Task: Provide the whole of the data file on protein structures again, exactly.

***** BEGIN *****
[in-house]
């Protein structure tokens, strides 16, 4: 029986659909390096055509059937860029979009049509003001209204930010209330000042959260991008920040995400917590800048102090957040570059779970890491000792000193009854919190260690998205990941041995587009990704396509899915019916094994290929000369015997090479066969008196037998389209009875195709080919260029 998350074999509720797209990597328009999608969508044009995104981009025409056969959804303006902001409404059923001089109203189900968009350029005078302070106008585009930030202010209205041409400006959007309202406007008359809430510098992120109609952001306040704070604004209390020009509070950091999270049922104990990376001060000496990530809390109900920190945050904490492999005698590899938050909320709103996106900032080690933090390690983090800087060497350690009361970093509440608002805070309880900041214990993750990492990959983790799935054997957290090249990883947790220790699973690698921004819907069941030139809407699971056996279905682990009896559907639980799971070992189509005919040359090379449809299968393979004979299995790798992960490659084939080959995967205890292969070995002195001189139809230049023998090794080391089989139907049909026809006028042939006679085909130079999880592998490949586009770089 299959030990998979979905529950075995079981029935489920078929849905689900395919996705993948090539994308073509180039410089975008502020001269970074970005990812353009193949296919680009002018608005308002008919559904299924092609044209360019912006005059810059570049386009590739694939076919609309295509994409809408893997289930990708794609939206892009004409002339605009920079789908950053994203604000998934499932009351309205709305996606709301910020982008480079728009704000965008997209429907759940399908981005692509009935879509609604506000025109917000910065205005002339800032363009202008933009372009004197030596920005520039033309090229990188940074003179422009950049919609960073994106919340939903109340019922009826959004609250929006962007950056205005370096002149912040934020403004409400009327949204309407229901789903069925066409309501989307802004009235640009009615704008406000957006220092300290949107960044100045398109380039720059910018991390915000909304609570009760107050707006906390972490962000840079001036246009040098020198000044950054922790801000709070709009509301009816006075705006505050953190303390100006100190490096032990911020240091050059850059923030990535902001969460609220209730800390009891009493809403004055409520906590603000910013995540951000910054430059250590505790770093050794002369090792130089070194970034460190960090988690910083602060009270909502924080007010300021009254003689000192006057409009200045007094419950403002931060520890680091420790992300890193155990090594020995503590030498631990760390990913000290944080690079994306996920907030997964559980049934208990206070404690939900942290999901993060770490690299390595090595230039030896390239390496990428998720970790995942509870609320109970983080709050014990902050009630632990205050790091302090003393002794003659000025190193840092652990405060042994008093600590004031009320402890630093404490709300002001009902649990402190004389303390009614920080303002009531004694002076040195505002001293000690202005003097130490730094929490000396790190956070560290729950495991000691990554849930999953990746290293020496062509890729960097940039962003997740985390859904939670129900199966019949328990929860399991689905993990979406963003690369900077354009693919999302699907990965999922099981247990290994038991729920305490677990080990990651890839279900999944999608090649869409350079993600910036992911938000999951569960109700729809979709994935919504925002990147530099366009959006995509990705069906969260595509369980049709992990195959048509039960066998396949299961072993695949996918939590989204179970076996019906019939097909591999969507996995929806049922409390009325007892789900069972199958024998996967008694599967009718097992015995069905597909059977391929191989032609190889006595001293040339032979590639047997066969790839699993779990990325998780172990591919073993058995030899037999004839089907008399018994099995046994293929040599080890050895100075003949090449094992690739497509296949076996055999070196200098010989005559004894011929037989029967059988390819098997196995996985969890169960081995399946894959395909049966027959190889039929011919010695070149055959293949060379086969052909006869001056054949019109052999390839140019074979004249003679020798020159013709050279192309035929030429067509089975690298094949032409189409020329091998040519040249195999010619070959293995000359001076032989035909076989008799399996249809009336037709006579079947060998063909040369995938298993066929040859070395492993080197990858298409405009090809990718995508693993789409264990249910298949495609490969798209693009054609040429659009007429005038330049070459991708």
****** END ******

[in-house]
């Protein structure tokens, strides 16, 4: 029986659909390096055509059937860029979009049509003001209204930010209330000042959260991008920040995400917590800048102090957040570059779970890491000792000193009854919190260690998205990941041995587009990704396509899915019916094994290929000369015997090479066969008196037998389209009875195709080919260029 998350074999509720797209990597328009999608969508044009995104981009025409056969959804303006902001409404059923001089109203189900968009350029005078302070106008585009930030202010209205041409400006959007309202406007008359809430510098992120109609952001306040704070604004209390020009509070950091999270049922104990990376001060000496990530809390109900920190945050904490492999005698590899938050909320709103996106900032080690933090390690983090800087060497350690009361970093509440608002805070309880900041214990993750990492990959983790799935054997957290090249990883947790220790699973690698921004819907069941030139809407699971056996279905682990009896559907639980799971070992189509005919040359090379449809299968393979004979299995790798992960490659084939080959995967205890292969070995002195001189139809230049023998090794080391089989139907049909026809006028042939006679085909130079999880592998490949586009770089 299959030990998979979905529950075995079981029935489920078929849905689900395919996705993948090539994308073509180039410089975008502020001269970074970005990812353009193949296919680009002018608005308002008919559904299924092609044209360019912006005059810059570049386009590739694939076919609309295509994409809408893997289930990708794609939206892009004409002339605009920079789908950053994203604000998934499932009351309205709305996606709301910020982008480079728009704000965008997209429907759940399908981005692509009935879509609604506000025109917000910065205005002339800032363009202008933009372009004197030596920005520039033309090229990188940074003179422009950049919609960073994106919340939903109340019922009826959004609250929006962007950056205005370096002149912040934020403004409400009327949204309407229901789903069925066409309501989307802004009235640009009615704008406000957006220092300290949107960044100045398109380039720059910018991390915000909304609570009760107050707006906390972490962000840079001036246009040098020198000044950054922790801000709070709009509301009816006075705006505050953190303390100006100190490096032990911020240091050059850059923030990535902001969460609220209730800390009891009493809403004055409520906590603000910013995540951000910054430059250590505790770093050794002369090792130089070194970034460190960090988690910083602060009270909502924080007010300021009254003689000192006057409009200045007094419950403002931060520890680091420790992300890193155990090594020995503590030498631990760390990913000290944080690079994306996920907030997964559980049934208990206070404690939900942290999901993060770490690299390595090595230039030896390239390496990428998720970790995942509870609320109970983080709050014990902050009630632990205050790091302090003393002794003659000025190193840092652990405060042994008093600590004031009320402890630093404490709300002001009902649990402190004389303390009614920080303002009531004694002076040195505002001293000690202005003097130490730094929490000396790190956070560290729950495991000691990554849930999953990746290293020496062509890729960097940039962003997740985390859904939670129900199966019949328990929860399991689905993990979406963003690369900077354009693919999302699907990965999922099981247990290994038991729920305490677990080990990651890839279900999944999608090649869409350079993600910036992911938000999951569960109700729809979709994935919504925002990147530099366009959006995509990705069906969260595509369980049709992990195959048509039960066998396949299961072993695949996918939590989204179970076996019906019939097909591999969507996995929806049922409390009325007892789900069972199958024998996967008694599967009718097992015995069905597909059977391929191989032609190889006595001293040339032979590639047997066969790839699993779990990325998780172990591919073993058995030899037999004839089907008399018994099995046994293929040599080890050895100075003949090449094992690739497509296949076996055999070196200098010989005559004894011929037989029967059988390819098997196995996985969890169960081995399946894959395909049966027959190889039929011919010695070149055959293949060379086969052909006869001056054949019109052999390839140019074979004249003679020798020159013709050279192309035929030429067509089975690298094949032409189409020329091998040519040249195999010619070959293995000359001076032989035909076989008799399996249809009336037709006579079947060998063909040369995938298993066929040859070395492993080197990858298409405009090809990718995508693993789409264990249910298949495609490969798209693009054609040429659009007429005038330049070459991708």